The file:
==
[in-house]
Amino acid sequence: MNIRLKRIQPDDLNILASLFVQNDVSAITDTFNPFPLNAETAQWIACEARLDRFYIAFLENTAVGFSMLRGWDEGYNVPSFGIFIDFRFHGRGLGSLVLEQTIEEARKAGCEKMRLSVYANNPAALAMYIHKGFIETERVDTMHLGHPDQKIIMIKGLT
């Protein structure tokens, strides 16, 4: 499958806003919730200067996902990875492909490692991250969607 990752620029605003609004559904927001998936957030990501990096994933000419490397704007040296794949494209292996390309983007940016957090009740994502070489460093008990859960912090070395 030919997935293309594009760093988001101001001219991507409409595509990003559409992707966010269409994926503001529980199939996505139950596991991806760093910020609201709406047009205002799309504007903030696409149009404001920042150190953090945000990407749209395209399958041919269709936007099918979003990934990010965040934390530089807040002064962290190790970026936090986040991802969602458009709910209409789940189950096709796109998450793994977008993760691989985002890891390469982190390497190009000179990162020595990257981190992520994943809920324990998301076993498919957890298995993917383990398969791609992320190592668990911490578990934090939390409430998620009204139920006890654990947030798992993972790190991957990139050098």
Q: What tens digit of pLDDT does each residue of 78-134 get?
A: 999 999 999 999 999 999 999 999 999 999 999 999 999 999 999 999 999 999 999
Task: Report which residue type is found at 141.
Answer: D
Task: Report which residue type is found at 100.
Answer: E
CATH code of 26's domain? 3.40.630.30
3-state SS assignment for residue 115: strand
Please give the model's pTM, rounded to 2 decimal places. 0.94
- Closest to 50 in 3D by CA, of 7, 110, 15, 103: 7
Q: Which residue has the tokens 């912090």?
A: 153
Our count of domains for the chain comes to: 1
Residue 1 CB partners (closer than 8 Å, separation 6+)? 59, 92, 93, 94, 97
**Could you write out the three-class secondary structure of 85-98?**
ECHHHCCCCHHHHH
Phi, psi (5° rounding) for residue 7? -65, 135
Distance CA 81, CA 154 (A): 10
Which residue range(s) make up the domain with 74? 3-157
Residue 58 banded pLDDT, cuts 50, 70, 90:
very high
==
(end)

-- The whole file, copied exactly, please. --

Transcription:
[in-house]
Amino acid sequence: MNIRLKRIQPDDLNILASLFVQNDVSAITDTFNPFPLNAETAQWIACEARLDRFYIAFLENTAVGFSMLRGWDEGYNVPSFGIFIDFRFHGRGLGSLVLEQTIEEARKAGCEKMRLSVYANNPAALAMYIHKGFIETERVDTMHLGHPDQKIIMIKGLT
């Protein structure tokens, strides 16, 4: 499958806003919730200067996902990875492909490692991250969607 990752620029605003609004559904927001998936957030990501990096994933000419490397704007040296794949494209292996390309983007940016957090009740994502070489460093008990859960912090070395 030919997935293309594009760093988001101001001219991507409409595509990003559409992707966010269409994926503001529980199939996505139950596991991806760093910020609201709406047009205002799309504007903030696409149009404001920042150190953090945000990407749209395209399958041919269709936007099918979003990934990010965040934390530089807040002064962290190790970026936090986040991802969602458009709910209409789940189950096709796109998450793994977008993760691989985002890891390469982190390497190009000179990162020595990257981190992520994943809920324990998301076993498919957890298995993917383990398969791609992320190592668990911490578990934090939390409430998620009204139920006890654990947030798992993972790190991957990139050098």
Q: What tens digit of pLDDT does each residue of 78-134 get?
A: 999 999 999 999 999 999 999 999 999 999 999 999 999 999 999 999 999 999 999
Task: Report which residue type is found at 141.
Answer: D
Task: Report which residue type is found at 100.
Answer: E
CATH code of 26's domain? 3.40.630.30
3-state SS assignment for residue 115: strand
Please give the model's pTM, rounded to 2 decimal places. 0.94
- Closest to 50 in 3D by CA, of 7, 110, 15, 103: 7
Q: Which residue has the tokens 């912090």?
A: 153
Our count of domains for the chain comes to: 1
Residue 1 CB partners (closer than 8 Å, separation 6+)? 59, 92, 93, 94, 97
**Could you write out the three-class secondary structure of 85-98?**
ECHHHCCCCHHHHH
Phi, psi (5° rounding) for residue 7? -65, 135
Distance CA 81, CA 154 (A): 10
Which residue range(s) make up the domain with 74? 3-157
Residue 58 banded pLDDT, cuts 50, 70, 90:
very high